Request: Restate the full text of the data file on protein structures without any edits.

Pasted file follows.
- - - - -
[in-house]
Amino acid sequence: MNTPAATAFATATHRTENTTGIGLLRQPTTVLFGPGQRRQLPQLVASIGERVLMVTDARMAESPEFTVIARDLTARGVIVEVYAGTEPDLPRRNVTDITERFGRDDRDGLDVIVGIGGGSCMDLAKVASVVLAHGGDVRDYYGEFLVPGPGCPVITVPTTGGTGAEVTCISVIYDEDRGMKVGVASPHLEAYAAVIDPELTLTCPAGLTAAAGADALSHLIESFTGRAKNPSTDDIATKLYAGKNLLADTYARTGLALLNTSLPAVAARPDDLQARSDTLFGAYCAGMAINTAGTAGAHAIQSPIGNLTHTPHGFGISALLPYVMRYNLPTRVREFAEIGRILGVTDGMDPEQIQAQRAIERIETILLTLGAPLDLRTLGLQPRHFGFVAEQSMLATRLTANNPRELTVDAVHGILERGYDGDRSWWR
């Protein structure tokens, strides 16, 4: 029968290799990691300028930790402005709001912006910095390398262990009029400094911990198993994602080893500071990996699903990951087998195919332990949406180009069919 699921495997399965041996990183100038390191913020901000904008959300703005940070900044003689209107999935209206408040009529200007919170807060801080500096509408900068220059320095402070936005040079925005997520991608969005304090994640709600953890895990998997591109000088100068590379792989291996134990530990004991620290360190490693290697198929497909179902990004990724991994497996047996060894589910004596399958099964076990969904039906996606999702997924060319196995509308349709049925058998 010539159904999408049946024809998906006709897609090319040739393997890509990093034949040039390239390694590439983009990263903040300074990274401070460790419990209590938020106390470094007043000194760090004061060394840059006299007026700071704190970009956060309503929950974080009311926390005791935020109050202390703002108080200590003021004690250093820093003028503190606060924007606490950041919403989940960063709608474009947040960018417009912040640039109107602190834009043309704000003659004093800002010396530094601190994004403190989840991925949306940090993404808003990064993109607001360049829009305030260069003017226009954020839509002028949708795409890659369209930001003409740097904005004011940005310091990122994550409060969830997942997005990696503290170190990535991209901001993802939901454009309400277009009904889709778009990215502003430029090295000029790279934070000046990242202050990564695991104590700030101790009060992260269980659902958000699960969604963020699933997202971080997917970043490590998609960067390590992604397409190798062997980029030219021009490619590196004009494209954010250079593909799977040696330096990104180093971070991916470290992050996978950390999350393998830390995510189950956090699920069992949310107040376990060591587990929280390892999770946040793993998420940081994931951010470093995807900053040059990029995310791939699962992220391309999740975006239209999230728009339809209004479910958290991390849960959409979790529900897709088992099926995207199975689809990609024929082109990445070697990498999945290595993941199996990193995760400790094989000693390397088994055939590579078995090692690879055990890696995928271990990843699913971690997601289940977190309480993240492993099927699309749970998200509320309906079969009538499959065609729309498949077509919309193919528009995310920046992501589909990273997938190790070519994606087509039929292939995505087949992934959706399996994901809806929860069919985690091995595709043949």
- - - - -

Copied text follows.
[in-house]
Amino acid sequence: MNTPAATAFATATHRTENTTGIGLLRQPTTVLFGPGQRRQLPQLVASIGERVLMVTDARMAESPEFTVIARDLTARGVIVEVYAGTEPDLPRRNVTDITERFGRDDRDGLDVIVGIGGGSCMDLAKVASVVLAHGGDVRDYYGEFLVPGPGCPVITVPTTGGTGAEVTCISVIYDEDRGMKVGVASPHLEAYAAVIDPELTLTCPAGLTAAAGADALSHLIESFTGRAKNPSTDDIATKLYAGKNLLADTYARTGLALLNTSLPAVAARPDDLQARSDTLFGAYCAGMAINTAGTAGAHAIQSPIGNLTHTPHGFGISALLPYVMRYNLPTRVREFAEIGRILGVTDGMDPEQIQAQRAIERIETILLTLGAPLDLRTLGLQPRHFGFVAEQSMLATRLTANNPRELTVDAVHGILERGYDGDRSWWR
């Protein structure tokens, strides 16, 4: 029968290799990691300028930790402005709001912006910095390398262990009029400094911990198993994602080893500071990996699903990951087998195919332990949406180009069919 699921495997399965041996990183100038390191913020901000904008959300703005940070900044003689209107999935209206408040009529200007919170807060801080500096509408900068220059320095402070936005040079925005997520991608969005304090994640709600953890895990998997591109000088100068590379792989291996134990530990004991620290360190490693290697198929497909179902990004990724991994497996047996060894589910004596399958099964076990969904039906996606999702997924060319196995509308349709049925058998 010539159904999408049946024809998906006709897609090319040739393997890509990093034949040039390239390694590439983009990263903040300074990274401070460790419990209590938020106390470094007043000194760090004061060394840059006299007026700071704190970009956060309503929950974080009311926390005791935020109050202390703002108080200590003021004690250093820093003028503190606060924007606490950041919403989940960063709608474009947040960018417009912040640039109107602190834009043309704000003659004093800002010396530094601190994004403190989840991925949306940090993404808003990064993109607001360049829009305030260069003017226009954020839509002028949708795409890659369209930001003409740097904005004011940005310091990122994550409060969830997942997005990696503290170190990535991209901001993802939901454009309400277009009904889709778009990215502003430029090295000029790279934070000046990242202050990564695991104590700030101790009060992260269980659902958000699960969604963020699933997202971080997917970043490590998609960067390590992604397409190798062997980029030219021009490619590196004009494209954010250079593909799977040696330096990104180093971070991916470290992050996978950390999350393998830390995510189950956090699920069992949310107040376990060591587990929280390892999770946040793993998420940081994931951010470093995807900053040059990029995310791939699962992220391309999740975006239209999230728009339809209004479910958290991390849960959409979790529900897709088992099926995207199975689809990609024929082109990445070697990498999945290595993941199996990193995760400790094989000693390397088994055939590579078995090692690879055990890696995928271990990843699913971690997601289940977190309480993240492993099927699309749970998200509320309906079969009538499959065609729309498949077509919309193919528009995310920046992501589909990273997938190790070519994606087509039929292939995505087949992934959706399996994901809806929860069919985690091995595709043949």